Most people don’t give much thought to rocks. But for Brooklyn-based sculptor Adam Distenfeld, the mineral formations are masterpieces, just waiting to be unearthed.
Distenfeld is the artist behind the inukshuk—a Native American stone landmark—that graces the atrium in the new School of International Service. The sculpture is in keeping with the building’s environmentally-friendly aesthetic, as it was constructed with rocks from the excavation.
AU’s 70,000-square-foot green gem will open its LEED gold certified doors in May.
“On a construction site, rocks are viewed as obstacles to development, but I see a beautiful work of art,” said Distenfeld of Brooklyn Rock Werks.
The sculpture, which was created on site in early March, features five huge rocks, “married” with stainless steel rods—nearly invisible to the naked eye. Water trickles serenely down the rocks.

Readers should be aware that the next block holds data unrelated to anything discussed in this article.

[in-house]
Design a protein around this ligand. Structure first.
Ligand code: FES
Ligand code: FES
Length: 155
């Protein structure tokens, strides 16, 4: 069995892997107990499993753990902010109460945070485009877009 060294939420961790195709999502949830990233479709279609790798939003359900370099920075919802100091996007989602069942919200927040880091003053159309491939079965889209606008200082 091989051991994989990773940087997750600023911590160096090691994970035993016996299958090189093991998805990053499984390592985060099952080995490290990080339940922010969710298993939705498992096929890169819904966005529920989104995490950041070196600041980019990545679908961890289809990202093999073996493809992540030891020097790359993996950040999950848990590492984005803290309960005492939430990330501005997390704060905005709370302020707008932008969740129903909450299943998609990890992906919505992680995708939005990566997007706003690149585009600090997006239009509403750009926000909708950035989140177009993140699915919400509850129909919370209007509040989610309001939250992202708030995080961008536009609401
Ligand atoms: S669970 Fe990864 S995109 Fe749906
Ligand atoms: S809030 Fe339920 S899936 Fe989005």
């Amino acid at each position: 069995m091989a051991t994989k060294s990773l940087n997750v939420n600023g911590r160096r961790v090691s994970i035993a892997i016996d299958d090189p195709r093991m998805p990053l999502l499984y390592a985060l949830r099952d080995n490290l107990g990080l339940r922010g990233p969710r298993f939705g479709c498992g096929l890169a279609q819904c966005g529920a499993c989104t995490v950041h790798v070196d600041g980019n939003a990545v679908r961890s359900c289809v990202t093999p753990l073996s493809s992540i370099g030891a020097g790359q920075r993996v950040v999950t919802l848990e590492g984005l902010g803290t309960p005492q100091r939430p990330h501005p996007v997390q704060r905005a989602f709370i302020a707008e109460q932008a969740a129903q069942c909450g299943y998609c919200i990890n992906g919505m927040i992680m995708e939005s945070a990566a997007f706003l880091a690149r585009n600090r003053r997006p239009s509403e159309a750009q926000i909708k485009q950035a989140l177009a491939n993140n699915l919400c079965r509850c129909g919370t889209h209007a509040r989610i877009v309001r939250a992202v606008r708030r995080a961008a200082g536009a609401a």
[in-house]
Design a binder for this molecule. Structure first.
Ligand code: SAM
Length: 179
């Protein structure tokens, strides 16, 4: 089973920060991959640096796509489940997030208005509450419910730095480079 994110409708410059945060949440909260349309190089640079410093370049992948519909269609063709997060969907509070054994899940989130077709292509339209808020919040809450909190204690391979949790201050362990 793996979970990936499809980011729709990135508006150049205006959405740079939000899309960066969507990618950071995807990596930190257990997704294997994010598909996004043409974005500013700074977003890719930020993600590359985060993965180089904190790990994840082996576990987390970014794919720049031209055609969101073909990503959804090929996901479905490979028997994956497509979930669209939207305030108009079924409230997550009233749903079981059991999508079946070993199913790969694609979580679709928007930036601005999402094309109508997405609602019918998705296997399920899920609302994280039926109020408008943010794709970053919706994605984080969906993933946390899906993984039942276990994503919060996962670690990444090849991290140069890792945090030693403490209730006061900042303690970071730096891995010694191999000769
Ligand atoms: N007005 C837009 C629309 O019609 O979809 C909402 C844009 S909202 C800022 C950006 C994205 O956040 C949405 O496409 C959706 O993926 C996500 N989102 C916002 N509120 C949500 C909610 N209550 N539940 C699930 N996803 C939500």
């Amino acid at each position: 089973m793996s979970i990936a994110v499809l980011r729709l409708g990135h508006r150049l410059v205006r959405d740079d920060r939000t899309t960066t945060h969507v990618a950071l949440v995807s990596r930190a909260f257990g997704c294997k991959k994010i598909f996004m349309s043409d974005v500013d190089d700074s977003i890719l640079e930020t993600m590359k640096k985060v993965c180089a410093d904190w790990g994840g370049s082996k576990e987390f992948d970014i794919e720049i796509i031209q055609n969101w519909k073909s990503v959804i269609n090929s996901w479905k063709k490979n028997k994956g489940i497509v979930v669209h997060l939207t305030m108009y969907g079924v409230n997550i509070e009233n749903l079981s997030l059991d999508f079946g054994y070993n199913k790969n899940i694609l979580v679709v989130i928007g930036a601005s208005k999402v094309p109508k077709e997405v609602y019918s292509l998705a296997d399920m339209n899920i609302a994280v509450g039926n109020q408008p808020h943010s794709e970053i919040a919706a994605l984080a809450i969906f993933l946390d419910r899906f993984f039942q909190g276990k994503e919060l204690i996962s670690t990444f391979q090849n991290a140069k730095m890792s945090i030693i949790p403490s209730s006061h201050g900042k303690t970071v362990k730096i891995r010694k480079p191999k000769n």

“It looks like it’s a bunch of rocks working together to make a whole,” explained Distenfeld. It’s symbolic “of all people coming together to make the world go round.”
Distenfeld originally worked with wood, but switched mediums after earning his MFA in 1998. Rocks are more durable, he said, and can hold great significance.
“We go to the beach and find a nice stone and take it home. Every time we look at it, we remember that moment at the beach,” he explained. “All sculpture is a place marker, but rock is really a plate of memories.”
Distenfeld said he hopes SIS students, faculty, and staff will make their own memories around the inukshuk.
“I’m one of the luckiest human beings in the whole world: I love what I do. I was working in the rain [at AU] and I was happy, just because I enjoy what I do. And I hope others enjoy it, too.”